# Restore original Window size and position just in case
xdotool windowmove "$WinID" "$WinLeft" "$WinTop"

sleep .1 # Need time for xorg to update itself.

# Compensate for Window refusing to move to top (Y) coordinate specified
   InfoTop=$(xwininfo -id "$WinID" | grep 'ute upper-left Y:' | cut -d: -f2)

if [[ $InfoTop -ne $WinTop ]] ; then
    Adjust=$((InfoTop - WinTop))
    AdjTop=$((WinTop - Adjust))
    xdotool windowmove "$WinID" "$WinLeft" "$AdjTop"
    echo "Top adjusted by: -$Adjust from: $WinTop to: $AdjTop"
fi


A script to highlight active window

This method uses shortcut key. I used Ctrl+Alt+W because left pinky + left middle finger + left thumb is an easy combination. Assign the shortcut key to the script reavelwindow2.

revealwindow2.gif

The script shrinks the active window in 10 steps and then expands it in 5 steps. Originally I wrote the script using wmctrl but it wouldn't work for me. So I used xdotool instead:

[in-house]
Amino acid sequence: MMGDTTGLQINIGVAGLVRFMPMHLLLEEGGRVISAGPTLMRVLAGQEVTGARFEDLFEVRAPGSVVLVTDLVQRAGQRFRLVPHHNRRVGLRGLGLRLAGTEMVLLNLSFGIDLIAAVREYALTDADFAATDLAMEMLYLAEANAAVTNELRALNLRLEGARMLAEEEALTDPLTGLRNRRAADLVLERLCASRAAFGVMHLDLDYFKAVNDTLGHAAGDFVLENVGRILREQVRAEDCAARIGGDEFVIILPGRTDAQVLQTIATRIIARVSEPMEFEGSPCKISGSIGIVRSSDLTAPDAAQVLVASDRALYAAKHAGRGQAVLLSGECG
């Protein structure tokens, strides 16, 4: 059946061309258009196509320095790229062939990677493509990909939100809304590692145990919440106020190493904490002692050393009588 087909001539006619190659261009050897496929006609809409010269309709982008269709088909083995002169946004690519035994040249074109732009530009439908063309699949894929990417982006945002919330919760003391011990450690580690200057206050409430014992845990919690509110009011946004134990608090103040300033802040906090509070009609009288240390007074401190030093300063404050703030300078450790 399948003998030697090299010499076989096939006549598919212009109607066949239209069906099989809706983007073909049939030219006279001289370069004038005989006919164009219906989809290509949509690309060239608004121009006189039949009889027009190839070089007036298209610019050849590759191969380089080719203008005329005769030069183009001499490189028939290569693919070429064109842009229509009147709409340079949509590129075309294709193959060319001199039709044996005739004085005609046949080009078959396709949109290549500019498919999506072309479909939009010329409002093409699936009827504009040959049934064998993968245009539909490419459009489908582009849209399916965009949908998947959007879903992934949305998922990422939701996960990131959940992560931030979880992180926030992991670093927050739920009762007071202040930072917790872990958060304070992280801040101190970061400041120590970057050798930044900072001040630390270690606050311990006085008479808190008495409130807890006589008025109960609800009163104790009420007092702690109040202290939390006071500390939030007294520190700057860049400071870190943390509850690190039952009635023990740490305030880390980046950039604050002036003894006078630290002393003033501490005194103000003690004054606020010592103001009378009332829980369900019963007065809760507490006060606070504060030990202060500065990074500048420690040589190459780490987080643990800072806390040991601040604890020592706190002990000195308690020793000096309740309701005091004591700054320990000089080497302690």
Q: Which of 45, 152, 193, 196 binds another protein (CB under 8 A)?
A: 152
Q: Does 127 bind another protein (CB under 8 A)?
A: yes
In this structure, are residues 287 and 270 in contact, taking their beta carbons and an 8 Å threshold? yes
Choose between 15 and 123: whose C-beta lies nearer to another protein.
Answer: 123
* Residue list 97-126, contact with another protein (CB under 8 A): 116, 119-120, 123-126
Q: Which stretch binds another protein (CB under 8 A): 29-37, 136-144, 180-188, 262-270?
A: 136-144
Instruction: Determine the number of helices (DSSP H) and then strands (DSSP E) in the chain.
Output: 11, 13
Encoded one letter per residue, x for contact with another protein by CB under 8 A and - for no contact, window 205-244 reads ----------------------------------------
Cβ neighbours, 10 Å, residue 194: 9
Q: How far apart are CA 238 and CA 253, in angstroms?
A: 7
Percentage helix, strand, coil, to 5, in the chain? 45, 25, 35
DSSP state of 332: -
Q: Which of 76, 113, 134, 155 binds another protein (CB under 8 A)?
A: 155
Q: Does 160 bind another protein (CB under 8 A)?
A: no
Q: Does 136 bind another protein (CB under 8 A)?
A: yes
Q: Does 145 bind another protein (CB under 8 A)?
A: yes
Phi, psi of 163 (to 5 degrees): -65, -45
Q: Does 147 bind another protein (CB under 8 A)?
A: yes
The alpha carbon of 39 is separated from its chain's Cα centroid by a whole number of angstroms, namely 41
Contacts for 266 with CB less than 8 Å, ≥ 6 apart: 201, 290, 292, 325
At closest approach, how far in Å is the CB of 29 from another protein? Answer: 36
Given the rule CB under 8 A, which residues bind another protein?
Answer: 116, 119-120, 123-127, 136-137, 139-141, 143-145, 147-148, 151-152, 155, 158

#!/bin/bash

# NAME: revealwindow2
# CALL: Best method is to call via hotkey.

# DESC: Shrink and expand size of active window.
#       For Ask Ubuntu Question:
#       https://askubuntu.com/questions/943147/different-colors-for-active-inactive-unity-window-title-bars

# DATE: November 17, 2019. Modified November 18, 2019.

# Dependancy
command -v xdotool >/dev/null 2>&1 || { echo >&2 \
        "xdotool package required but it is not installed.  Aborting."; \
        exit 3; }

# Get Window Information
    WinID=$(xdotool getactivewindow)
  WinLeft=$(xwininfo -id "$WinID" | grep 'ute upper-left X:' | cut -d: -f2)
   WinTop=$(xwininfo -id "$WinID" | grep 'ute upper-left Y:' | cut -d: -f2)
 WinWidth=$(xwininfo -id "$WinID" | grep 'Width:' | cut -d: -f2)
WinHeight=$(xwininfo -id "$WinID" | grep 'Height:' | cut -d: -f2)
#echo "Win Flds: $WinLeft x $WinTop x $WinWidth x $WinHeight"

WidthStep=$(( WinWidth / 10 ))
HeightStep=$(( WinHeight / 10 ))

function XdoResize () {
    local i
    i="$1"
    NewLeft=$(( i * WidthStep/2 + WinLeft ))
    NewTop=$(( i * HeightStep/2 + WinTop ))
    NewWidth=$(( WinWidth - ( i * WidthStep) ))
    NewHeight=$(( WinHeight - ( i * HeightStep) ))